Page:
Is Diversity Good for the Bottom Line?
By Zaid Jilani
It’s common for people to pit diversity against excellence, as if their interaction is a zero-sum game. But more and more evidence suggests that diverse teams are actually better at reaching their goals.
A recently published study looked at the performance of teams in eSports—competitive videogaming broadcast to the world through Internet and television streams—to understand the impact of team diversity on outcomes.
Once relegated to the fringes of the sports world, eSports is now a growing worldwide phenomenon. In 2017, the industry brought in $655 million in revenue—33 percent more than the previous year. People around the world are coming to see electronic gaming tournaments as similar to traditional sports.
One of the great triumphs of the traditional sporting arena has been to bring people of diverse backgrounds together. Many of our iconic civil rights figures emerged from the world of sports; their talents in the field helped win over skeptical minds and furthered the cause of integration. Few would argue that Jackie Robinson was not an asset to the Brooklyn Dodgers; his confrontation with prejudice benefited the team, which in turn helped the country overcome longstanding biases. Could diverse electronic sports teams reap the same benefits, to themselves and society?
Culturally diverse teams make money
Earlier this year, three researchers sought to provide an answer to this question. They chose eSports because they believed the field is much more analogous to the growing sectors of the economy than traditional sports. They note, for instance, that the result in an eSports match “depends more on mental abilities than on physical excellence.”
They also studied eSports because they believe many of the lessons could be applicable to other team-oriented fields. “The idea is to use eSports data to address general-interest economic issues, like team composition,” says Petr Parshakov, a Russian economics researcher at National Research University’s Higher School of Economics.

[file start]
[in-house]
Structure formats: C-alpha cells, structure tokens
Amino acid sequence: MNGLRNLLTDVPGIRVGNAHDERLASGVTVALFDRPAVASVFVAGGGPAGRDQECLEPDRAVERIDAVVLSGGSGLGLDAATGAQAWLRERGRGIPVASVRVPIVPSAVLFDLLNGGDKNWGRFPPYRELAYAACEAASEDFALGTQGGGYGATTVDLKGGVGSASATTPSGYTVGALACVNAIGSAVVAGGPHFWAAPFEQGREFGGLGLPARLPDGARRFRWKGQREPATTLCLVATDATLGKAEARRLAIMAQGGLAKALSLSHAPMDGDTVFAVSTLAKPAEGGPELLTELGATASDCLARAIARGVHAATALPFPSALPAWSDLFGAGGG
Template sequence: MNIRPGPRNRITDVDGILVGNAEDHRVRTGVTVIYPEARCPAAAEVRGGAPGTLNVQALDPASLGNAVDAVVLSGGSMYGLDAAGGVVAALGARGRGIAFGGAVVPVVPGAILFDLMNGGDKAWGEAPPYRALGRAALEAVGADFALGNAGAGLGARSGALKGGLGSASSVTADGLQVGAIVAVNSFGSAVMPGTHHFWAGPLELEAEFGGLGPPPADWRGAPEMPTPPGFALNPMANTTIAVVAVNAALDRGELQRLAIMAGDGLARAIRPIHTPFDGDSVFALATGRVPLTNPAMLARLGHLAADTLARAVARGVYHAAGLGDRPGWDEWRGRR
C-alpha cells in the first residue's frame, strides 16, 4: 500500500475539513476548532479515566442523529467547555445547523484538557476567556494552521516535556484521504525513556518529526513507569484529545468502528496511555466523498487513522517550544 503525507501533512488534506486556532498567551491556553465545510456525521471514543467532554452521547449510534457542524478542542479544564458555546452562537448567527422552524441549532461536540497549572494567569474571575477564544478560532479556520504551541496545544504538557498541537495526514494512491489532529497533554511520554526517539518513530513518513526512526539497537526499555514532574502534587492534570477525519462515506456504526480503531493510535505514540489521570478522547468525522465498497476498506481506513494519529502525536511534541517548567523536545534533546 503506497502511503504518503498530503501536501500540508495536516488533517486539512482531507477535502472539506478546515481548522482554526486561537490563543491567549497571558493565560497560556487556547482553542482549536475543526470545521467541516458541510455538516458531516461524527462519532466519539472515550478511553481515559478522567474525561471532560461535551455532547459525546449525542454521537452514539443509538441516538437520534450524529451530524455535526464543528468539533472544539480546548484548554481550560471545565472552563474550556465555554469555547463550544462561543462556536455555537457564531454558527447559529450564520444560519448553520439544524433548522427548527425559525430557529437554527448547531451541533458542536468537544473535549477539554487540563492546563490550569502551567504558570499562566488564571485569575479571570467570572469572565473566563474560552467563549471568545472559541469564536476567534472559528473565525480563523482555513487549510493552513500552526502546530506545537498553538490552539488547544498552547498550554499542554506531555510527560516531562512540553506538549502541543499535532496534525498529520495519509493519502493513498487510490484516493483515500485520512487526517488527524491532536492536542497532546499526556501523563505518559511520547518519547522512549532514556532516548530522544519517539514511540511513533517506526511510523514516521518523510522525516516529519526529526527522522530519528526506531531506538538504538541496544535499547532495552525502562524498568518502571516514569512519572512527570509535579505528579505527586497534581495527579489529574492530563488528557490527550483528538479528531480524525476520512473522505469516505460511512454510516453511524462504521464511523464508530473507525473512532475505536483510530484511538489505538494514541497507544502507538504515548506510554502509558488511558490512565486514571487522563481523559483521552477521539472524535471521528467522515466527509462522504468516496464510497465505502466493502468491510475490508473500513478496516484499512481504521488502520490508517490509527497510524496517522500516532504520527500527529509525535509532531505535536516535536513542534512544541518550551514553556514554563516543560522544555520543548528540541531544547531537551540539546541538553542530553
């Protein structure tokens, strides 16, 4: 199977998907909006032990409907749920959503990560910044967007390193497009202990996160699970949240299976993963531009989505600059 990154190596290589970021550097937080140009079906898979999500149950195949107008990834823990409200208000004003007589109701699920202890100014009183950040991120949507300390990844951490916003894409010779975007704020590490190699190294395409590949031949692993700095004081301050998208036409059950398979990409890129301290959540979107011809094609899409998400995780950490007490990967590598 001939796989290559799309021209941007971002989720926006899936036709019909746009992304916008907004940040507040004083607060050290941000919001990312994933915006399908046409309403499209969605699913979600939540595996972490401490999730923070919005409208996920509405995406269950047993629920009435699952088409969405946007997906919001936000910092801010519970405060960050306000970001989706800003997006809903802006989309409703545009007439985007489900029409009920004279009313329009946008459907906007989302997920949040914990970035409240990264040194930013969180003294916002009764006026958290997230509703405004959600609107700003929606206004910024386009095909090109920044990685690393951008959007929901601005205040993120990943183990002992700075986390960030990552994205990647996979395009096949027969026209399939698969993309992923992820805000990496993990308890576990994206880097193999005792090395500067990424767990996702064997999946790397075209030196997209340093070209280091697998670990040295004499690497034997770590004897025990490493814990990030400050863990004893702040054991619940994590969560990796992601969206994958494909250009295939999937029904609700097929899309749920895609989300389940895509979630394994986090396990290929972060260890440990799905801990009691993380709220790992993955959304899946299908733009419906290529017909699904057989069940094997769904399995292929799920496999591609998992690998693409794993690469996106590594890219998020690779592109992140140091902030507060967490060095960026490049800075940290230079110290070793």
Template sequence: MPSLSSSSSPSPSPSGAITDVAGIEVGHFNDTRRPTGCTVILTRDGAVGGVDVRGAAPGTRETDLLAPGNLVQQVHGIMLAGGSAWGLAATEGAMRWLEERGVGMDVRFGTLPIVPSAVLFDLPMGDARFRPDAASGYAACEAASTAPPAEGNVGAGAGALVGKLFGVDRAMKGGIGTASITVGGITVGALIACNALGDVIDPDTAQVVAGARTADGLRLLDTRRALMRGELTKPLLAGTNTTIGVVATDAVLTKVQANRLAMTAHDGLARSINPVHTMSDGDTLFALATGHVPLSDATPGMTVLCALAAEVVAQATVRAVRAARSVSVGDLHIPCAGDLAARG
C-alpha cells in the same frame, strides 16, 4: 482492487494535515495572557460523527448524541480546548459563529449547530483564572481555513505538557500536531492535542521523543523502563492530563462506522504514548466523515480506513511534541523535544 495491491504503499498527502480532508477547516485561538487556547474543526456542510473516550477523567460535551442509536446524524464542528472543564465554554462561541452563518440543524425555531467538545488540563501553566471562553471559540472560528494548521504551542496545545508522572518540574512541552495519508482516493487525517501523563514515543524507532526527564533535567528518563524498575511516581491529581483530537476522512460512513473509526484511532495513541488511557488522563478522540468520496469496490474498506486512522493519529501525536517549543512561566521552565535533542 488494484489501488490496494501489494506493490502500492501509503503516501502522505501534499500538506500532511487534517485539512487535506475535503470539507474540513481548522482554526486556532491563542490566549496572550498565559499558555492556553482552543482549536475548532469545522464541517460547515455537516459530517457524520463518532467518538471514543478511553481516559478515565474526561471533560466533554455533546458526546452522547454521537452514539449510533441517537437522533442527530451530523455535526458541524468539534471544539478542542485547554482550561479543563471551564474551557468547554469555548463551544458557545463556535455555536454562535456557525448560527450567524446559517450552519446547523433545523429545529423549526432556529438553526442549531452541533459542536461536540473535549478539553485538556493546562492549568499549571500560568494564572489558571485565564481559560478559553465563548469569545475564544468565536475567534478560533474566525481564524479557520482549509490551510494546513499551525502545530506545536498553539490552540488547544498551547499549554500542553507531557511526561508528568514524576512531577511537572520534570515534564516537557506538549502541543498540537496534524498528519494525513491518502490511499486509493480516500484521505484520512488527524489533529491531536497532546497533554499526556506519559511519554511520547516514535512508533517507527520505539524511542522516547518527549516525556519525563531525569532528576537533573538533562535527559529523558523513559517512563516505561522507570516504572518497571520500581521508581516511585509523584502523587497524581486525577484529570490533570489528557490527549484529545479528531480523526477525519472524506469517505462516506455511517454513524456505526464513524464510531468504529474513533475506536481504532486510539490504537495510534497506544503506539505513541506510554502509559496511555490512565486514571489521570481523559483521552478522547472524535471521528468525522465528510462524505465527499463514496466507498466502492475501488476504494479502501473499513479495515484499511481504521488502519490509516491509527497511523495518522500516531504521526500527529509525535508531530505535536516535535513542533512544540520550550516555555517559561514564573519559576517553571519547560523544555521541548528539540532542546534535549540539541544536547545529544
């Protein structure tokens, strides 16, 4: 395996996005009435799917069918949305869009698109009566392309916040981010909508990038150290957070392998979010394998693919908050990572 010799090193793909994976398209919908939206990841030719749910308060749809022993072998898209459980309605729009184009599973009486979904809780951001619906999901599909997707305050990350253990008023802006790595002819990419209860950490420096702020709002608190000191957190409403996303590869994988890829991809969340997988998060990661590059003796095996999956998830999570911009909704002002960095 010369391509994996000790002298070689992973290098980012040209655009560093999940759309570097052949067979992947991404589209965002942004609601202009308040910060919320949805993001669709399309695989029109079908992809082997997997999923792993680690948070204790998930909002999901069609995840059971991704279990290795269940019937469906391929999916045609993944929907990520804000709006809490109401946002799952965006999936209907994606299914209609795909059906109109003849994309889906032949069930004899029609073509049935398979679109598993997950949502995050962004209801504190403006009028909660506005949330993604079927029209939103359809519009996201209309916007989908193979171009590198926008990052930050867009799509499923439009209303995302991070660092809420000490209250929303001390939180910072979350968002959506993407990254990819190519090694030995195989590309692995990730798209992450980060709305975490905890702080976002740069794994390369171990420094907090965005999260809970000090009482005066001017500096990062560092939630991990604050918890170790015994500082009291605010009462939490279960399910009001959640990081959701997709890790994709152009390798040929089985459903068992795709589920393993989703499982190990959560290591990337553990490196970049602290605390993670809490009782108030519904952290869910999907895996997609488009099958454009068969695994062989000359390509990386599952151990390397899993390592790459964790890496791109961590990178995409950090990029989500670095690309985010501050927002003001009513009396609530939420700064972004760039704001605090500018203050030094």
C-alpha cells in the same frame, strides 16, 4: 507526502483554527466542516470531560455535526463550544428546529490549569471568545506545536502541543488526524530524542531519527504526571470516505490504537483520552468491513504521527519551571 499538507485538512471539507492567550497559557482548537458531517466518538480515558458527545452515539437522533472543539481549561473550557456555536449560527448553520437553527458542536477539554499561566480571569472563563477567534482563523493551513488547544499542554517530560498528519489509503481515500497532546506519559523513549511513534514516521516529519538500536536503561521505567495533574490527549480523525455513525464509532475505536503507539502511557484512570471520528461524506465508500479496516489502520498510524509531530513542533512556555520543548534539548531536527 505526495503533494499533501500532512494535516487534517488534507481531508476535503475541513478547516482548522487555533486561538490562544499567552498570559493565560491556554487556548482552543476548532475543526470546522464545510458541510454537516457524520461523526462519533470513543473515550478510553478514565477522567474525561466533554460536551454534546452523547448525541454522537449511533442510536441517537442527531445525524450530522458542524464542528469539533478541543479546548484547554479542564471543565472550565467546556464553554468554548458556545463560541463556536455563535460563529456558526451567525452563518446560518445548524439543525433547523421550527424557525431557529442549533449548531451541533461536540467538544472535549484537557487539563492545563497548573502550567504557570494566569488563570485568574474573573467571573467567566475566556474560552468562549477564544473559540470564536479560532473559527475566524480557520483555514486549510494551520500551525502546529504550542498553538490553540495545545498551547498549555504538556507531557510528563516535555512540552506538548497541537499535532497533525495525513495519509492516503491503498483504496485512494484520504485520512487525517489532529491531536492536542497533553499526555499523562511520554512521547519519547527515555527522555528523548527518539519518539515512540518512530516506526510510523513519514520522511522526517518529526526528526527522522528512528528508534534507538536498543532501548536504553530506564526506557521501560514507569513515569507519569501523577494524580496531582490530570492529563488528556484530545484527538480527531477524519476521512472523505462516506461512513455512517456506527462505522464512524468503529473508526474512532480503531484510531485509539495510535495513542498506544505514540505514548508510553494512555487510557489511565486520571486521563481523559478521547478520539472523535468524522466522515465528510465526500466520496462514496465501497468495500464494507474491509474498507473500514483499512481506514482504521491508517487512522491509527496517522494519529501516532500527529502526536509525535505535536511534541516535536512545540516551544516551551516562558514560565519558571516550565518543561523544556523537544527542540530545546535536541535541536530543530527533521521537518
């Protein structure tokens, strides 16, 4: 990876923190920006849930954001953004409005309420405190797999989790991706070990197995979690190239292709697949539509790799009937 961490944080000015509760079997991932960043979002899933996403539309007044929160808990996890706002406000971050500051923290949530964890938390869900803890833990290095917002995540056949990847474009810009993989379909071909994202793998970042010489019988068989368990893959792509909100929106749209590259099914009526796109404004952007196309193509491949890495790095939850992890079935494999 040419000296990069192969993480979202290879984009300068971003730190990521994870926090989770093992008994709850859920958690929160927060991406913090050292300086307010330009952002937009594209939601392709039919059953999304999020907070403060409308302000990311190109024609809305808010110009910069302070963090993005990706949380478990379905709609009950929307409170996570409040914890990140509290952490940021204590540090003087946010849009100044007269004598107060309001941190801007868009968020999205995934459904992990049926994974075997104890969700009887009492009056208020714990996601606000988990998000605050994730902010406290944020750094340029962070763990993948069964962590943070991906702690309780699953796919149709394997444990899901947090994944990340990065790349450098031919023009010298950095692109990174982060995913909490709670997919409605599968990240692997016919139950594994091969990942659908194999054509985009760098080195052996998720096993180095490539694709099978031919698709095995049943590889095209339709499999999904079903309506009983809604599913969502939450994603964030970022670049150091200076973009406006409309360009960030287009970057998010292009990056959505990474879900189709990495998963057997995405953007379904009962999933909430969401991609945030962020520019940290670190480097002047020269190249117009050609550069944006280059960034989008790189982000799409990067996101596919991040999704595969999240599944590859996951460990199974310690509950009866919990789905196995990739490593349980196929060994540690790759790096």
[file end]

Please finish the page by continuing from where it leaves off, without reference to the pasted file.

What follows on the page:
Parshakov and colleagues examined the performance of the top 100 teams who competed in tournaments of the popular computer game CounterStrike: Global Offensive, a first-person shooting video game that is by one measure the second-most popular single eSports title.
CounterStrike’s professional playerbase is actually much more diverse than traditional sports leagues. Participants from 23 countries formed the teams studied, compared to 20 nations that were represented in an earlier study cited of the National Hockey League, or the 17 nationalities represented in Major League Baseball. In a sign of how diverse CounterStrike’s top teams are, they found that only around a third of the top teams were composed entirely of players from one country.
The researchers analyzed the composition of these CounterStrike teams, including their diversity in culture, language, and skills (meaning how skilled they are in each role of the game). They then looked at how the teams performed, focusing primarily on prize money won as a measure of achievement.
In fact, they found that cultural diversity was associated with significantly better performance. Single-country teams won 30 percent less prize money on average. For every representative from another country the team added, prize money would jump by almost 32 percent, all else being equal.
“I don’t think that nowadays knowledge is country-specific, especially in eSports, but cultural differences exist,” Parshakov says. “So, it is nice to show that teams could benefit from these differences.”
But not all forms of diversity were a strength for the competing teams. Teams did not benefit from having language diversity. “The more a team is concentrated in terms of language, the better its performance,” the researchers wrote. In addition, a diversity of skill levels did not provide any benefits to the teams.
Why achieving diversity can be so hard
Of course, diversity brings challenges—and many interventions employers have traditionally used to make the workforce more comfortable with diversity ultimately fail.
In eSports, gender is a particularly difficult problem. The field is populated mostly by men, and women are only recently beginning to climb the ranks of professional eSports players. Unlike traditional sports, physical differences between men and women don’t present a barrier to participation; however, the heavily male-tilted demographics of the industry create a culture which is often uncomfortable for female players and players from other underrepresented demographic groups.
Sound familiar? The challenges faced by female eSports players are similar to those in other fields where the majority of the workforce is male. For example, a 2017 Pew poll found that 50 percent of women working in science, technology, engineering, and math jobs say they have experienced gender discrimination at work.
There isn’t gender inequality in eSports because women don’t play video games. One 2016 survey found that 41 percent of those who play on a regular basis are women. This suggests there may be other barriers to taking the leap into professional gaming.